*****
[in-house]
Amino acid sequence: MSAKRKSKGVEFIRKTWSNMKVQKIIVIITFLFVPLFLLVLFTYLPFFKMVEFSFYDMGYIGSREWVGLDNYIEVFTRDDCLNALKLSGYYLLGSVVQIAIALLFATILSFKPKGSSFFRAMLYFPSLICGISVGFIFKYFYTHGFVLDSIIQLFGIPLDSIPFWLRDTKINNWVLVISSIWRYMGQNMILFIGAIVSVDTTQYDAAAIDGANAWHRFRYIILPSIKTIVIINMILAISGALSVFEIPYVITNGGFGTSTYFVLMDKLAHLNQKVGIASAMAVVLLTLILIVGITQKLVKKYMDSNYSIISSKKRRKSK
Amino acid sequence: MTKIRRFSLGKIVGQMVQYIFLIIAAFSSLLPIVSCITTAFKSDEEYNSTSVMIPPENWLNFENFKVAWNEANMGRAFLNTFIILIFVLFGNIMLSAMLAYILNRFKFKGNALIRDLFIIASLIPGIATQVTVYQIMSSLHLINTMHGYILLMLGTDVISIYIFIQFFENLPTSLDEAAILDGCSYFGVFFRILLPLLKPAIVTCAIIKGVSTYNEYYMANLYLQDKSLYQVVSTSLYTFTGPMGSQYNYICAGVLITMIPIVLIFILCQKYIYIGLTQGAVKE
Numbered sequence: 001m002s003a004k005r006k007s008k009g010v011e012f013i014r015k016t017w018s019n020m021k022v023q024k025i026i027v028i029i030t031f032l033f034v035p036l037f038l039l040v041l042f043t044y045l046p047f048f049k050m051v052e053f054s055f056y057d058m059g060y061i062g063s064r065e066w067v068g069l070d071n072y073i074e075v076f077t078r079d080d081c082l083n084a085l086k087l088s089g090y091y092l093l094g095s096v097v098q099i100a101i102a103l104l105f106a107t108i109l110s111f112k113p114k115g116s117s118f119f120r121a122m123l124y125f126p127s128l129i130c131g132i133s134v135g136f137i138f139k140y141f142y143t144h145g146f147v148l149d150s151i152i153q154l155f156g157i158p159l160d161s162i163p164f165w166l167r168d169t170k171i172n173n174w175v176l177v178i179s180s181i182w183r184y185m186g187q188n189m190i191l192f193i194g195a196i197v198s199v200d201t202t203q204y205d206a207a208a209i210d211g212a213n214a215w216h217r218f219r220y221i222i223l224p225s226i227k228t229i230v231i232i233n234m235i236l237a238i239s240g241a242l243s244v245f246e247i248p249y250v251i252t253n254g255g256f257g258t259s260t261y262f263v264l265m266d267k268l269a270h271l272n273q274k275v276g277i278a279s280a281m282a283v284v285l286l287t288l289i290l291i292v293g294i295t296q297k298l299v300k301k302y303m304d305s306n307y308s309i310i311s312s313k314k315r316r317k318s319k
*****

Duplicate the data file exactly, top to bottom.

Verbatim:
[in-house]
Amino acid sequence: MSAKRKSKGVEFIRKTWSNMKVQKIIVIITFLFVPLFLLVLFTYLPFFKMVEFSFYDMGYIGSREWVGLDNYIEVFTRDDCLNALKLSGYYLLGSVVQIAIALLFATILSFKPKGSSFFRAMLYFPSLICGISVGFIFKYFYTHGFVLDSIIQLFGIPLDSIPFWLRDTKINNWVLVISSIWRYMGQNMILFIGAIVSVDTTQYDAAAIDGANAWHRFRYIILPSIKTIVIINMILAISGALSVFEIPYVITNGGFGTSTYFVLMDKLAHLNQKVGIASAMAVVLLTLILIVGITQKLVKKYMDSNYSIISSKKRRKSK
Amino acid sequence: MTKIRRFSLGKIVGQMVQYIFLIIAAFSSLLPIVSCITTAFKSDEEYNSTSVMIPPENWLNFENFKVAWNEANMGRAFLNTFIILIFVLFGNIMLSAMLAYILNRFKFKGNALIRDLFIIASLIPGIATQVTVYQIMSSLHLINTMHGYILLMLGTDVISIYIFIQFFENLPTSLDEAAILDGCSYFGVFFRILLPLLKPAIVTCAIIKGVSTYNEYYMANLYLQDKSLYQVVSTSLYTFTGPMGSQYNYICAGVLITMIPIVLIFILCQKYIYIGLTQGAVKE
Numbered sequence: 001m002s003a004k005r006k007s008k009g010v011e012f013i014r015k016t017w018s019n020m021k022v023q024k025i026i027v028i029i030t031f032l033f034v035p036l037f038l039l040v041l042f043t044y045l046p047f048f049k050m051v052e053f054s055f056y057d058m059g060y061i062g063s064r065e066w067v068g069l070d071n072y073i074e075v076f077t078r079d080d081c082l083n084a085l086k087l088s089g090y091y092l093l094g095s096v097v098q099i100a101i102a103l104l105f106a107t108i109l110s111f112k113p114k115g116s117s118f119f120r121a122m123l124y125f126p127s128l129i130c131g132i133s134v135g136f137i138f139k140y141f142y143t144h145g146f147v148l149d150s151i152i153q154l155f156g157i158p159l160d161s162i163p164f165w166l167r168d169t170k171i172n173n174w175v176l177v178i179s180s181i182w183r184y185m186g187q188n189m190i191l192f193i194g195a196i197v198s199v200d201t202t203q204y205d206a207a208a209i210d211g212a213n214a215w216h217r218f219r220y221i222i223l224p225s226i227k228t229i230v231i232i233n234m235i236l237a238i239s240g241a242l243s244v245f246e247i248p249y250v251i252t253n254g255g256f257g258t259s260t261y262f263v264l265m266d267k268l269a270h271l272n273q274k275v276g277i278a279s280a281m282a283v284v285l286l287t288l289i290l291i292v293g294i295t296q297k298l299v300k301k302y303m304d305s306n307y308s309i310i311s312s313k314k315r316r317k318s319k